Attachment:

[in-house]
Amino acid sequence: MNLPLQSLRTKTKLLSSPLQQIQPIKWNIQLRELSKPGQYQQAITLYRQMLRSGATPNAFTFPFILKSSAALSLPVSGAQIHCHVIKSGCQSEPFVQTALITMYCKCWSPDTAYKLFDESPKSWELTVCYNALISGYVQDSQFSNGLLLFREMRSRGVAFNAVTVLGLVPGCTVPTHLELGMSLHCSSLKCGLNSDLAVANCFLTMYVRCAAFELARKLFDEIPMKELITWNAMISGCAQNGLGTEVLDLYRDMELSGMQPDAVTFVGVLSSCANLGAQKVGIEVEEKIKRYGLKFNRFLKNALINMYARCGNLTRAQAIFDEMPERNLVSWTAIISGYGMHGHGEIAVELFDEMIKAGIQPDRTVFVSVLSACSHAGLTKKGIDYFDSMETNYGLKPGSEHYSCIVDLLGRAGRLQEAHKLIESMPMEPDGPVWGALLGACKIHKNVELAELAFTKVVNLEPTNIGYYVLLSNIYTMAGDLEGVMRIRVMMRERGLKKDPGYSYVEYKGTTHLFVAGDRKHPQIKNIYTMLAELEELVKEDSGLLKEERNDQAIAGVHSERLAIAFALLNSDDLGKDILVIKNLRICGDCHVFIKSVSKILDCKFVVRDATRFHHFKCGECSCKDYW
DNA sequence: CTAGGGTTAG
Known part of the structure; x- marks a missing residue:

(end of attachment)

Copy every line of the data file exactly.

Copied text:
[in-house]
Amino acid sequence: MNLPLQSLRTKTKLLSSPLQQIQPIKWNIQLRELSKPGQYQQAITLYRQMLRSGATPNAFTFPFILKSSAALSLPVSGAQIHCHVIKSGCQSEPFVQTALITMYCKCWSPDTAYKLFDESPKSWELTVCYNALISGYVQDSQFSNGLLLFREMRSRGVAFNAVTVLGLVPGCTVPTHLELGMSLHCSSLKCGLNSDLAVANCFLTMYVRCAAFELARKLFDEIPMKELITWNAMISGCAQNGLGTEVLDLYRDMELSGMQPDAVTFVGVLSSCANLGAQKVGIEVEEKIKRYGLKFNRFLKNALINMYARCGNLTRAQAIFDEMPERNLVSWTAIISGYGMHGHGEIAVELFDEMIKAGIQPDRTVFVSVLSACSHAGLTKKGIDYFDSMETNYGLKPGSEHYSCIVDLLGRAGRLQEAHKLIESMPMEPDGPVWGALLGACKIHKNVELAELAFTKVVNLEPTNIGYYVLLSNIYTMAGDLEGVMRIRVMMRERGLKKDPGYSYVEYKGTTHLFVAGDRKHPQIKNIYTMLAELEELVKEDSGLLKEERNDQAIAGVHSERLAIAFALLNSDDLGKDILVIKNLRICGDCHVFIKSVSKILDCKFVVRDATRFHHFKCGECSCKDYW
DNA sequence: CTAGGGTTAG
Known part of the structure; x- marks a missing residue: